Growing anti-Asian violence in the U.S.: A painful reflection
Danny Haiphong
People take part in a rally against anti-Asian hate crimes in San Mateo, California, U.S., February 27, 2021. /Xinhua

People take part in a rally against anti-Asian hate crimes in San Mateo, California, U.S., February 27, 2021. /Xinhua

Editor's note: Danny Haiphong is a journalist based in the United States and activist with the No Cold War international campaign. The article reflects the author's opinions and not necessarily the views of CGTN.

The mid-March shooting in Atlanta has placed an even brighter spotlight on a growing problem in the United States. Thousands of people of Asian descent have reported being attacked on the basis of their race since the COVID-19 pandemic began last year. Some of the attacks, like the Atlanta shooting, have led tragically to death.

Contrary to National Security Advisor Jake Sullivan's remarks in Anchorage, Alaska, that the U.S. is a "confident country" which is "able to look hard at its own shortcomings and constantly seek to improve," the historical context for the rise in anti-Asian racism has yet to be substantially addressed by official society. For centuries, U.S. policy makers have looked upon the nations and peoples of the Asia Pacific not as equals but as superiors.

In the mid-19th century, the U.S. aligned with European powers in the Opium Wars, events which led to a century of humiliation for the Chinese people. In subsequent decades, U.S. military interventions in the Philippines, Korea, Indonesia and Vietnam produced millions of casualties and a myriad of economic and social problems that continue to create challenges for these countries.

U.S. interventionism in the Asia Pacific required a new variant of racism, a philosophy of dehumanization which was already a key feature in North America for the nearly two centuries after European settlers arrived to colonize the lands of native people and engage in the profitable slave trade. This variant of racism came to be known as "Yellow Peril." China and the rest of Asia were routinely portrayed as a menace to humanity for much of the 19th and 20th centuries. These ideas drove policies such as the violent exclusion of Chinese laborers in the 1860s-1880s, the mass internment of Japanese residents in the 1940s and the devastatingly brutal military ventures in Korea and Vietnam that followed.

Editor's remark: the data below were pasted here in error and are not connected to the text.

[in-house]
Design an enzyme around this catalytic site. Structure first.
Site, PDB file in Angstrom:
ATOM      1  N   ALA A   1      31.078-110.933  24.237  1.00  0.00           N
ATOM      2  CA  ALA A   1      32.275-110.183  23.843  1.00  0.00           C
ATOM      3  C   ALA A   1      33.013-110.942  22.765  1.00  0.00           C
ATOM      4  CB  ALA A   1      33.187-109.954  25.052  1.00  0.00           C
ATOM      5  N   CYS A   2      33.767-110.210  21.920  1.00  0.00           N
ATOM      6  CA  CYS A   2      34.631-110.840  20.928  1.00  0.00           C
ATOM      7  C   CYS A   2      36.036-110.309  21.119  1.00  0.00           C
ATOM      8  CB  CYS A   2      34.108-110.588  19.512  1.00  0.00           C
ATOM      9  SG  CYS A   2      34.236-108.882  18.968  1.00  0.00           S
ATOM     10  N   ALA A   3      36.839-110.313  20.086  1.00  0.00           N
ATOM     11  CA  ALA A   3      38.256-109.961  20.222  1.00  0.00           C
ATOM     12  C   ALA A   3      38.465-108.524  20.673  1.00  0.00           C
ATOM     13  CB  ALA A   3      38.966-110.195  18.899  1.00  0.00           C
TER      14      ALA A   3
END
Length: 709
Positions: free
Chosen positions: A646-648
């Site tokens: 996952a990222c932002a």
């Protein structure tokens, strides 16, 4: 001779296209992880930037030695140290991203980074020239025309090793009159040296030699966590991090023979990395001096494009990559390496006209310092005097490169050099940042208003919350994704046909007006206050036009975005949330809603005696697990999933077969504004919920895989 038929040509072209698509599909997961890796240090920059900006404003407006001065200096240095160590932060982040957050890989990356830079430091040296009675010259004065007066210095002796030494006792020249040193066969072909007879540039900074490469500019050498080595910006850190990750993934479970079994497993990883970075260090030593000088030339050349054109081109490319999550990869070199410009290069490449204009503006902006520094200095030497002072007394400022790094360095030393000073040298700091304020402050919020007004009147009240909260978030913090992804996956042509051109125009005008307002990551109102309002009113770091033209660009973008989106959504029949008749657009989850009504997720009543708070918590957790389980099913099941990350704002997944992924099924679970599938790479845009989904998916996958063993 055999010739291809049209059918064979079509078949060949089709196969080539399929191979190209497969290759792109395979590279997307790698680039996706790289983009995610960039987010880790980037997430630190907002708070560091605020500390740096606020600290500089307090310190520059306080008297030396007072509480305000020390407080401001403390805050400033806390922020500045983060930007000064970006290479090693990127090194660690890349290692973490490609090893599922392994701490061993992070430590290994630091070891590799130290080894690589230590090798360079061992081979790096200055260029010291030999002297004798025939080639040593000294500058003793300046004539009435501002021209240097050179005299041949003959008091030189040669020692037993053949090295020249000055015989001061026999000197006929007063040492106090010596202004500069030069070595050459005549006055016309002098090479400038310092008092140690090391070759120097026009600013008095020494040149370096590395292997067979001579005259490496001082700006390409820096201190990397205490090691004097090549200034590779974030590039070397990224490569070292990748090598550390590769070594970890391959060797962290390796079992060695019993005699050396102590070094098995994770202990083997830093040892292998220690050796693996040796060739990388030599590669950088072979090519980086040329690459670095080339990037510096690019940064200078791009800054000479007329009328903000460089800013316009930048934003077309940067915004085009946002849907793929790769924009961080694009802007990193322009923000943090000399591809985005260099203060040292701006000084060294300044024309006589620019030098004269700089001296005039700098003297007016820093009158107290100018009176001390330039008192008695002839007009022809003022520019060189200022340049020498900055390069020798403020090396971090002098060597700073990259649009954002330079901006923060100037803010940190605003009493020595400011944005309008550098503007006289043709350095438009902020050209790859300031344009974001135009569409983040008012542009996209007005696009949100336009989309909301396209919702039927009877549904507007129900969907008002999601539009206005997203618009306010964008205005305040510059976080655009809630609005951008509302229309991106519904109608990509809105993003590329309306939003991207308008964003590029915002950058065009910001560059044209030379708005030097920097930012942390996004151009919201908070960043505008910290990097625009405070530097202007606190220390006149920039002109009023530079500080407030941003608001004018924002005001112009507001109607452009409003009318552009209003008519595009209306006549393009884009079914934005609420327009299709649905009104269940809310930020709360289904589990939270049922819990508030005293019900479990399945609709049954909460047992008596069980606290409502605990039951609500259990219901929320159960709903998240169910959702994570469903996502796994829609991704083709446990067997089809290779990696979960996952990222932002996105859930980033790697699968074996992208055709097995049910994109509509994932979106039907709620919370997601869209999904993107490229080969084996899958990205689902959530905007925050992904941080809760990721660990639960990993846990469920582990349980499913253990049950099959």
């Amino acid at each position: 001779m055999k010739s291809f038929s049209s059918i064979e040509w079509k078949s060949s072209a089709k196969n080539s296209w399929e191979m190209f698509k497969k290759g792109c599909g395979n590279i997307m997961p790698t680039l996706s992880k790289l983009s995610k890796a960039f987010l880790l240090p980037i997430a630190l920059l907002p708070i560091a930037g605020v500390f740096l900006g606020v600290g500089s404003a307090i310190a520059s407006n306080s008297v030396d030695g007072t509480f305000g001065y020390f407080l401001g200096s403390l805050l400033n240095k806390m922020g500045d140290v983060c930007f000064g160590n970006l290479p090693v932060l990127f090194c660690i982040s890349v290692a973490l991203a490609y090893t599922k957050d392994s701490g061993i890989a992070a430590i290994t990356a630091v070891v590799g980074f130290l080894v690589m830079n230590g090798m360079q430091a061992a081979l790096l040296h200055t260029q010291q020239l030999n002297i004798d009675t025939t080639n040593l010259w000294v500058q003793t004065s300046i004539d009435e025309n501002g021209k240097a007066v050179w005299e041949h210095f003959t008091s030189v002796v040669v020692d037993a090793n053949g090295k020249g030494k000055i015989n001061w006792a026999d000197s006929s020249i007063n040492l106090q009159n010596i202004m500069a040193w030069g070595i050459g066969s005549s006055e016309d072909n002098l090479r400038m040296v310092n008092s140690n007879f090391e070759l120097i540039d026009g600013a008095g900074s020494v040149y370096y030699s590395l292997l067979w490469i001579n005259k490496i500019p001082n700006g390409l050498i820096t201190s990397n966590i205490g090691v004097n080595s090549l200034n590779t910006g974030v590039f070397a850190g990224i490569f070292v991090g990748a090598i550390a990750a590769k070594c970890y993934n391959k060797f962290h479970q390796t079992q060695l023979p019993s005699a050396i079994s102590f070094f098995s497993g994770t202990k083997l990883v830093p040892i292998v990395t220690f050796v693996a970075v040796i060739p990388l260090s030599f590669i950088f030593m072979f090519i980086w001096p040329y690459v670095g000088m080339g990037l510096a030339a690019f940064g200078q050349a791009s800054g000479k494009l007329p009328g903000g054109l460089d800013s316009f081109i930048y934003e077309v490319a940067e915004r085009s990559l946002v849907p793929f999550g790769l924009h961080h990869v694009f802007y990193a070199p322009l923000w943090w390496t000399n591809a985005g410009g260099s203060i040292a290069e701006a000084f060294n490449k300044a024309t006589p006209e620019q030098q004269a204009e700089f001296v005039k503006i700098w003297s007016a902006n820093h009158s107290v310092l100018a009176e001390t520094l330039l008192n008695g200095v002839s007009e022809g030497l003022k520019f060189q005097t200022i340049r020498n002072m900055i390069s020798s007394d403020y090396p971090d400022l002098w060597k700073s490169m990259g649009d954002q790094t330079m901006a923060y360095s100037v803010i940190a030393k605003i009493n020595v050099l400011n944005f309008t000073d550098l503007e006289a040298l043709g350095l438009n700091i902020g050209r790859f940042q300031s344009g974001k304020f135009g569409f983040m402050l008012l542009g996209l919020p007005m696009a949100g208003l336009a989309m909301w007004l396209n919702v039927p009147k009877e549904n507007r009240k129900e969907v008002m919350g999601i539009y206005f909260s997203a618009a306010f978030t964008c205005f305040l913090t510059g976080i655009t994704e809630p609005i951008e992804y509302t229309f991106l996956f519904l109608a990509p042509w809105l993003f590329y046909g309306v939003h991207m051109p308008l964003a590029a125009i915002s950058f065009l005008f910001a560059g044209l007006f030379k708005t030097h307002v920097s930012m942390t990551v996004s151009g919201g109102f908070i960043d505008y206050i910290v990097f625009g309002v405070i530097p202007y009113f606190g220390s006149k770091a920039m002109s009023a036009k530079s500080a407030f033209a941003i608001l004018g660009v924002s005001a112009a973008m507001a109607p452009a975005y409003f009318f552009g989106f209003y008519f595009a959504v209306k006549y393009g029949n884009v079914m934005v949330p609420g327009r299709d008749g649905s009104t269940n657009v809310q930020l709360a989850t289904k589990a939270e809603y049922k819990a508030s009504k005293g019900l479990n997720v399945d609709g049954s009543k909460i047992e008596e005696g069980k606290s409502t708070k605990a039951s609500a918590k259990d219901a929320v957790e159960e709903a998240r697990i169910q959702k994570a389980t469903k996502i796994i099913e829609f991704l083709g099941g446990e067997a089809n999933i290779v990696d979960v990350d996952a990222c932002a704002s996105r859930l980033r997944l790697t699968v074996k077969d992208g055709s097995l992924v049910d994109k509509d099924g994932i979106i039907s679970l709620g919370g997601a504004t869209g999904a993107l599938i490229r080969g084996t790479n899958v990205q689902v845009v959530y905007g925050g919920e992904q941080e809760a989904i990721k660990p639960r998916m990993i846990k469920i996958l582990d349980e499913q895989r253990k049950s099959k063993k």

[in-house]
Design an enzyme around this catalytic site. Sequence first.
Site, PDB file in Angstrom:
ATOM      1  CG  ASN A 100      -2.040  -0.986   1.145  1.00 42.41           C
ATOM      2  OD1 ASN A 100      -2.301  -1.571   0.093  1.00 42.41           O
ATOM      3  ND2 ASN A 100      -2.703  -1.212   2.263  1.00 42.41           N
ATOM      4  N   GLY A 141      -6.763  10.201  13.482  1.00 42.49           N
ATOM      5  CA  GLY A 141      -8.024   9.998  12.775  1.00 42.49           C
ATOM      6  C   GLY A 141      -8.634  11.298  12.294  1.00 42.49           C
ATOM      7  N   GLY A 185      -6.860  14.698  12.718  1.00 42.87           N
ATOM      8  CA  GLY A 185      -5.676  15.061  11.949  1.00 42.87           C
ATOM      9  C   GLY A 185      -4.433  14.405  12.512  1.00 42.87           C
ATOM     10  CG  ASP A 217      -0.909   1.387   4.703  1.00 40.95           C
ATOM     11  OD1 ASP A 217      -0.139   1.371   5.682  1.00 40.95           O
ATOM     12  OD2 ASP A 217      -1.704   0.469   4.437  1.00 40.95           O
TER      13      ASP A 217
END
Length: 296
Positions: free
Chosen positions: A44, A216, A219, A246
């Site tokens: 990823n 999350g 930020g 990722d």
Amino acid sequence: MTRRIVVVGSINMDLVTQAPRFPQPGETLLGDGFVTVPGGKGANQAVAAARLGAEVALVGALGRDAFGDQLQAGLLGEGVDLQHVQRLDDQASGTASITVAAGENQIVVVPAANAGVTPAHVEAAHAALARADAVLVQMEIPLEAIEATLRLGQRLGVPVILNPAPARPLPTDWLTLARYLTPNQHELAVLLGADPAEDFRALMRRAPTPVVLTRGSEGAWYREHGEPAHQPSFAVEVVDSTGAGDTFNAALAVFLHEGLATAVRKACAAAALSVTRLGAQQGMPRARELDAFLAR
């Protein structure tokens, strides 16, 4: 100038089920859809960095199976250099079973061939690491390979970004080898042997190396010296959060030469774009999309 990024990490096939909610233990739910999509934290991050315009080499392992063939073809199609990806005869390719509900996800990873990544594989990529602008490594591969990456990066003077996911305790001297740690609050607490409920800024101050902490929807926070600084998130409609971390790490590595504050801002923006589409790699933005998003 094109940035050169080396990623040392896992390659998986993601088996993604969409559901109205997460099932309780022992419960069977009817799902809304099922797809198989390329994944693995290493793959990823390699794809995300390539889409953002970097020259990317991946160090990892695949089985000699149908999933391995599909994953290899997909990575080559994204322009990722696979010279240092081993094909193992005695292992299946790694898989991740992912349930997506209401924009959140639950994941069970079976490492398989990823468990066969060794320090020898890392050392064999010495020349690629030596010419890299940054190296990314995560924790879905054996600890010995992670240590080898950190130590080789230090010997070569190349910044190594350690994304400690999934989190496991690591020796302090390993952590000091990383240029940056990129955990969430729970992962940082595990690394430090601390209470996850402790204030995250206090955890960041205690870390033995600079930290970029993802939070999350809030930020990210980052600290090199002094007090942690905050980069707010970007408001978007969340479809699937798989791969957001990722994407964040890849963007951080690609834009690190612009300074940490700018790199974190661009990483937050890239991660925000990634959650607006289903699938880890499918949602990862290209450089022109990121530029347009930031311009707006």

A girl protests hate crimes against Asian Americans in Atlanta, Georgia, U.S., March 20, 2021. /Xinhua

A girl protests hate crimes against Asian Americans in Atlanta, Georgia, U.S., March 20, 2021. /Xinhua

African American writer and artist James Baldwin once remarked that history is inseparable from the present. Racism toward Asian Americans in the United States is both a product of history and a reflection of an equally painful contemporary reality. Over the last year, U.S. media outlets and politicians have repackaged "Yellow Peril" attitudes in their approach to China. Headline after headline, statement after statement, has warned the people of the United States that China is seeking to undermine their values and livelihoods in all realms of economic, political and social life.

The scapegoating of China has complimented an array of aggressive policies. In the early months of the new Biden administration, the United States has reaffirmed the Quad alliance, labeled Huawei and other Chinese tech companies "national security threats" to the U.S. and sought $27.4 billion more for an "anti-China missile network." Secretary of State Anthony Blinken has largely picked up where Mike Pompeo left off in the broader Western campaign to use China's internal affairs in the Hong Kong Special Administrative Region and Xinjiang Uygur Autonomous Region as points of contention for souring U.S.-China relations.

The most tragic case of the resurgence of "Yellow Peril" has occurred amid the world's battle with the COVID-19 pandemic. China was essentially blamed for the massive loss of life and economic instability which has characterized the U.S. society for more than a year. Former U.S. President Donald Trump's use of racist terms such as "Kung Flu" and "China virus" made an enormous impact on the growth of anti-Asian racism. Combined with military, political and economic hostilities, the U.S. scapegoating of China for its COVID-19 woes has spurred a rapid drop in U.S. public opinion. According to the latest Gallup poll, 80 percent of people in the United States view China unfavorably and nearly half see China as the U.S.'s greatest enemy.

While the Biden administration has condemned the hatred fueled by racist references to COVID-19, it has yet to make a serious effort to mend the overall aggressive posture of the U.S. toward China. The U.S. thus has much work to do in reducing the risks of violence toward Asian Americans. "Yellow Peril" and Cold War-era racism have an extensive and painful history. This history is being relived in what some have called a U.S.-led new Cold War on China. The more that forces for peace in the U.S. can pressure their leaders to reverse this dangerous course, the more likely that new space will open for mutual understanding and solidarity in the global fight against racism.

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